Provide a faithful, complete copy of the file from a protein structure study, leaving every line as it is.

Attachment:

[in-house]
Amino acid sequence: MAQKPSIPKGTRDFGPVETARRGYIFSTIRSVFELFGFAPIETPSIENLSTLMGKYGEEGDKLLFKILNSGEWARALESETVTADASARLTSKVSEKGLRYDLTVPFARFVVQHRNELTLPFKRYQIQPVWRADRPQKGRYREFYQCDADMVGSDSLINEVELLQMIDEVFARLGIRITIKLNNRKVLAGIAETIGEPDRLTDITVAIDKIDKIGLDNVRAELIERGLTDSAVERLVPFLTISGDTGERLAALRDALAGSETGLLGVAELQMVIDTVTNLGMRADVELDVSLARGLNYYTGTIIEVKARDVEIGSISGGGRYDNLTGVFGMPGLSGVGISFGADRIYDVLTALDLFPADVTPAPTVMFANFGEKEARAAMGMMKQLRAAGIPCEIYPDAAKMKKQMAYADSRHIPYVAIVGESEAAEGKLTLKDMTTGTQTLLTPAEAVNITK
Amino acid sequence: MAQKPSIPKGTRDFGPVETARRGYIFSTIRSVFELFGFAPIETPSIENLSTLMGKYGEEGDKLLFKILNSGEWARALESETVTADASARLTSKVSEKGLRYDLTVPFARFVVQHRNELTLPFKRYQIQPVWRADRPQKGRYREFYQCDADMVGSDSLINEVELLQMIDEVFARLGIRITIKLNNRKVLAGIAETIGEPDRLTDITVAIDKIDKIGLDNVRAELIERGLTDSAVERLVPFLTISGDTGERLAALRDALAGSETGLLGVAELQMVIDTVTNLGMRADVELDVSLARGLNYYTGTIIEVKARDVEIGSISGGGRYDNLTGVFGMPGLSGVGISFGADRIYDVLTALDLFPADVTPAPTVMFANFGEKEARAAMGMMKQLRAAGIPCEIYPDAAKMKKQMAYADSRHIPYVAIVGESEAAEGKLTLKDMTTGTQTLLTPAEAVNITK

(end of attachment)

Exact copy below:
[in-house]
Amino acid sequence: MAQKPSIPKGTRDFGPVETARRGYIFSTIRSVFELFGFAPIETPSIENLSTLMGKYGEEGDKLLFKILNSGEWARALESETVTADASARLTSKVSEKGLRYDLTVPFARFVVQHRNELTLPFKRYQIQPVWRADRPQKGRYREFYQCDADMVGSDSLINEVELLQMIDEVFARLGIRITIKLNNRKVLAGIAETIGEPDRLTDITVAIDKIDKIGLDNVRAELIERGLTDSAVERLVPFLTISGDTGERLAALRDALAGSETGLLGVAELQMVIDTVTNLGMRADVELDVSLARGLNYYTGTIIEVKARDVEIGSISGGGRYDNLTGVFGMPGLSGVGISFGADRIYDVLTALDLFPADVTPAPTVMFANFGEKEARAAMGMMKQLRAAGIPCEIYPDAAKMKKQMAYADSRHIPYVAIVGESEAAEGKLTLKDMTTGTQTLLTPAEAVNITK
Amino acid sequence: MAQKPSIPKGTRDFGPVETARRGYIFSTIRSVFELFGFAPIETPSIENLSTLMGKYGEEGDKLLFKILNSGEWARALESETVTADASARLTSKVSEKGLRYDLTVPFARFVVQHRNELTLPFKRYQIQPVWRADRPQKGRYREFYQCDADMVGSDSLINEVELLQMIDEVFARLGIRITIKLNNRKVLAGIAETIGEPDRLTDITVAIDKIDKIGLDNVRAELIERGLTDSAVERLVPFLTISGDTGERLAALRDALAGSETGLLGVAELQMVIDTVTNLGMRADVELDVSLARGLNYYTGTIIEVKARDVEIGSISGGGRYDNLTGVFGMPGLSGVGISFGADRIYDVLTALDLFPADVTPAPTVMFANFGEKEARAAMGMMKQLRAAGIPCEIYPDAAKMKKQMAYADSRHIPYVAIVGESEAAEGKLTLKDMTTGTQTLLTPAEAVNITK